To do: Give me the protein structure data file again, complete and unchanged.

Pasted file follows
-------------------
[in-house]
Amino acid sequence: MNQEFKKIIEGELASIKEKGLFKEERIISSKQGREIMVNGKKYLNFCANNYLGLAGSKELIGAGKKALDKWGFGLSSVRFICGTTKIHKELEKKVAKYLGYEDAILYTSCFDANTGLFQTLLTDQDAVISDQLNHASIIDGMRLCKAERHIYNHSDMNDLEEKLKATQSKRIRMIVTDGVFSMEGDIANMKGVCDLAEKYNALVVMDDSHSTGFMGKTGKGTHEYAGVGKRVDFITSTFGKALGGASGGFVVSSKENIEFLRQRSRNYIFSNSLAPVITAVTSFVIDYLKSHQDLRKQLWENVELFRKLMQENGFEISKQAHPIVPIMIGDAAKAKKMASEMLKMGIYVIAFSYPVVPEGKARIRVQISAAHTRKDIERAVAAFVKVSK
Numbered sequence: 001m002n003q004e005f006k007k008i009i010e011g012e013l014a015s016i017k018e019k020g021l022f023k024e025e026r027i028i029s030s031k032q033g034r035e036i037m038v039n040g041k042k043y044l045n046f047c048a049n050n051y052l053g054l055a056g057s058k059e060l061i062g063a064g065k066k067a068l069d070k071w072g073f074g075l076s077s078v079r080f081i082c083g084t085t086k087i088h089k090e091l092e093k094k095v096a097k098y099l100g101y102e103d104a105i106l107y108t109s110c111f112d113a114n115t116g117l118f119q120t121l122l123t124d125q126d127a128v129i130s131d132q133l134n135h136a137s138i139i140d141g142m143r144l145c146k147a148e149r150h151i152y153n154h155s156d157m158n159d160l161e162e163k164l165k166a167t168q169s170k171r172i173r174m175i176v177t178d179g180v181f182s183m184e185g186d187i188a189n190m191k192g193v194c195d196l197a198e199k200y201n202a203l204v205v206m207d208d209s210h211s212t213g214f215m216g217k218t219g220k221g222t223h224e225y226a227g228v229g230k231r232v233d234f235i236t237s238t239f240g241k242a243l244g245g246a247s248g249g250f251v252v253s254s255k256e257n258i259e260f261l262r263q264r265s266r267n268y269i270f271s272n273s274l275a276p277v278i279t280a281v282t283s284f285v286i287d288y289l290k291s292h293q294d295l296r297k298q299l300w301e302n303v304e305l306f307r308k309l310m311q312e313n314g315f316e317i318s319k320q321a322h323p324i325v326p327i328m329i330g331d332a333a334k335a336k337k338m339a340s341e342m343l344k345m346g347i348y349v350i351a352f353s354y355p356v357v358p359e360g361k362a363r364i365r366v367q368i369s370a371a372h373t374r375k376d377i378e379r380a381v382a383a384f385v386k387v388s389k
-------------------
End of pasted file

[in-house]
Amino acid sequence: MNQEFKKIIEGELASIKEKGLFKEERIISSKQGREIMVNGKKYLNFCANNYLGLAGSKELIGAGKKALDKWGFGLSSVRFICGTTKIHKELEKKVAKYLGYEDAILYTSCFDANTGLFQTLLTDQDAVISDQLNHASIIDGMRLCKAERHIYNHSDMNDLEEKLKATQSKRIRMIVTDGVFSMEGDIANMKGVCDLAEKYNALVVMDDSHSTGFMGKTGKGTHEYAGVGKRVDFITSTFGKALGGASGGFVVSSKENIEFLRQRSRNYIFSNSLAPVITAVTSFVIDYLKSHQDLRKQLWENVELFRKLMQENGFEISKQAHPIVPIMIGDAAKAKKMASEMLKMGIYVIAFSYPVVPEGKARIRVQISAAHTRKDIERAVAAFVKVSK
Numbered sequence: 001m002n003q004e005f006k007k008i009i010e011g012e013l014a015s016i017k018e019k020g021l022f023k024e025e026r027i028i029s030s031k032q033g034r035e036i037m038v039n040g041k042k043y044l045n046f047c048a049n050n051y052l053g054l055a056g057s058k059e060l061i062g063a064g065k066k067a068l069d070k071w072g073f074g075l076s077s078v079r080f081i082c083g084t085t086k087i088h089k090e091l092e093k094k095v096a097k098y099l100g101y102e103d104a105i106l107y108t109s110c111f112d113a114n115t116g117l118f119q120t121l122l123t124d125q126d127a128v129i130s131d132q133l134n135h136a137s138i139i140d141g142m143r144l145c146k147a148e149r150h151i152y153n154h155s156d157m158n159d160l161e162e163k164l165k166a167t168q169s170k171r172i173r174m175i176v177t178d179g180v181f182s183m184e185g186d187i188a189n190m191k192g193v194c195d196l197a198e199k200y201n202a203l204v205v206m207d208d209s210h211s212t213g214f215m216g217k218t219g220k221g222t223h224e225y226a227g228v229g230k231r232v233d234f235i236t237s238t239f240g241k242a243l244g245g246a247s248g249g250f251v252v253s254s255k256e257n258i259e260f261l262r263q264r265s266r267n268y269i270f271s272n273s274l275a276p277v278i279t280a281v282t283s284f285v286i287d288y289l290k291s292h293q294d295l296r297k298q299l300w301e302n303v304e305l306f307r308k309l310m311q312e313n314g315f316e317i318s319k320q321a322h323p324i325v326p327i328m329i330g331d332a333a334k335a336k337k338m339a340s341e342m343l344k345m346g347i348y349v350i351a352f353s354y355p356v357v358p359e360g361k362a363r364i365r366v367q368i369s370a371a372h373t374r375k376d377i378e379r380a381v382a383a384f385v386k387v388s389k